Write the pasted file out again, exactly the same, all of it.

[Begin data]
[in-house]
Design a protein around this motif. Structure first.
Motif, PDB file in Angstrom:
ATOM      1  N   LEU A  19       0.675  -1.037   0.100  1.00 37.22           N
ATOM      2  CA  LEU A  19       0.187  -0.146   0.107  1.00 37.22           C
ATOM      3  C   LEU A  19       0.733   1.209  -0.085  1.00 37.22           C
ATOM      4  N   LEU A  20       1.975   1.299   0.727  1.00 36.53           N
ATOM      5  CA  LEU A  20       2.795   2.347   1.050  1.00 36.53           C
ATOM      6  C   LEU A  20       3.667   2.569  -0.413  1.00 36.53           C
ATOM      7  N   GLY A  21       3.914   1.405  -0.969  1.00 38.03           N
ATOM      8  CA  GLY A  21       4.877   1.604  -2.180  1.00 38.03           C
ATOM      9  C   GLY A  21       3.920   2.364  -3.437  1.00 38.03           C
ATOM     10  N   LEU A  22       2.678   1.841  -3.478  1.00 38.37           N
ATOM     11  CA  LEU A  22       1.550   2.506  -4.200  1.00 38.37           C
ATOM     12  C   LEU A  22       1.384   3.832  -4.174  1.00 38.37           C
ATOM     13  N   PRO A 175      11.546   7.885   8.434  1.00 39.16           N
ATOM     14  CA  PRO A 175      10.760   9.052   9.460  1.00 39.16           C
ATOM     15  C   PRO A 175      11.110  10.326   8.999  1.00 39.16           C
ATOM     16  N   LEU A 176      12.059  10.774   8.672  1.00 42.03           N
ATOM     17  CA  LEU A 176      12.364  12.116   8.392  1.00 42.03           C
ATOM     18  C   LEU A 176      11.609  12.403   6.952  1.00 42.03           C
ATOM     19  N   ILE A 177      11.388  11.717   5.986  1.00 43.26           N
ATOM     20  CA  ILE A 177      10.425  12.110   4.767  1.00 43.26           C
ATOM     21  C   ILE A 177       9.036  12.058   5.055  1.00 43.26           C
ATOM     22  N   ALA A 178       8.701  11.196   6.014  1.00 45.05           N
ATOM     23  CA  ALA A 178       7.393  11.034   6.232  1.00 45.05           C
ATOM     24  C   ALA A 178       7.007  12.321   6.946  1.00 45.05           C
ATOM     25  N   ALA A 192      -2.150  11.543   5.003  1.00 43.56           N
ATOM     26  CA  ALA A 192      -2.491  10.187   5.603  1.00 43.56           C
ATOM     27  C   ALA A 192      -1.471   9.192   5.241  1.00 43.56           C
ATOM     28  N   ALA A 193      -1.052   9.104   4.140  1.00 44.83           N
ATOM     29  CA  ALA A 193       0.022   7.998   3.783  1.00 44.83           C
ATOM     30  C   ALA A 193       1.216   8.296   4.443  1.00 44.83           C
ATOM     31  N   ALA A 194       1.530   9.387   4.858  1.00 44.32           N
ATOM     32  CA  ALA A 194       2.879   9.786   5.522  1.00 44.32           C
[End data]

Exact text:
[in-house]
Design a protein around this motif. Structure first.
Motif, PDB file in Angstrom:
ATOM      1  N   LEU A  19       0.675  -1.037   0.100  1.00 37.22           N
ATOM      2  CA  LEU A  19       0.187  -0.146   0.107  1.00 37.22           C
ATOM      3  C   LEU A  19       0.733   1.209  -0.085  1.00 37.22           C
ATOM      4  N   LEU A  20       1.975   1.299   0.727  1.00 36.53           N
ATOM      5  CA  LEU A  20       2.795   2.347   1.050  1.00 36.53           C
ATOM      6  C   LEU A  20       3.667   2.569  -0.413  1.00 36.53           C
ATOM      7  N   GLY A  21       3.914   1.405  -0.969  1.00 38.03           N
ATOM      8  CA  GLY A  21       4.877   1.604  -2.180  1.00 38.03           C
ATOM      9  C   GLY A  21       3.920   2.364  -3.437  1.00 38.03           C
ATOM     10  N   LEU A  22       2.678   1.841  -3.478  1.00 38.37           N
ATOM     11  CA  LEU A  22       1.550   2.506  -4.200  1.00 38.37           C
ATOM     12  C   LEU A  22       1.384   3.832  -4.174  1.00 38.37           C
ATOM     13  N   PRO A 175      11.546   7.885   8.434  1.00 39.16           N
ATOM     14  CA  PRO A 175      10.760   9.052   9.460  1.00 39.16           C
ATOM     15  C   PRO A 175      11.110  10.326   8.999  1.00 39.16           C
ATOM     16  N   LEU A 176      12.059  10.774   8.672  1.00 42.03           N
ATOM     17  CA  LEU A 176      12.364  12.116   8.392  1.00 42.03           C
ATOM     18  C   LEU A 176      11.609  12.403   6.952  1.00 42.03           C
ATOM     19  N   ILE A 177      11.388  11.717   5.986  1.00 43.26           N
ATOM     20  CA  ILE A 177      10.425  12.110   4.767  1.00 43.26           C
ATOM     21  C   ILE A 177       9.036  12.058   5.055  1.00 43.26           C
ATOM     22  N   ALA A 178       8.701  11.196   6.014  1.00 45.05           N
ATOM     23  CA  ALA A 178       7.393  11.034   6.232  1.00 45.05           C
ATOM     24  C   ALA A 178       7.007  12.321   6.946  1.00 45.05           C
ATOM     25  N   ALA A 192      -2.150  11.543   5.003  1.00 43.56           N
ATOM     26  CA  ALA A 192      -2.491  10.187   5.603  1.00 43.56           C
ATOM     27  C   ALA A 192      -1.471   9.192   5.241  1.00 43.56           C
ATOM     28  N   ALA A 193      -1.052   9.104   4.140  1.00 44.83           N
ATOM     29  CA  ALA A 193       0.022   7.998   3.783  1.00 44.83           C
ATOM     30  C   ALA A 193       1.216   8.296   4.443  1.00 44.83           C
ATOM     31  N   ALA A 194       1.530   9.387   4.858  1.00 44.32           N
ATOM     32  CA  ALA A 194       2.879   9.786   5.522  1.00 44.32           C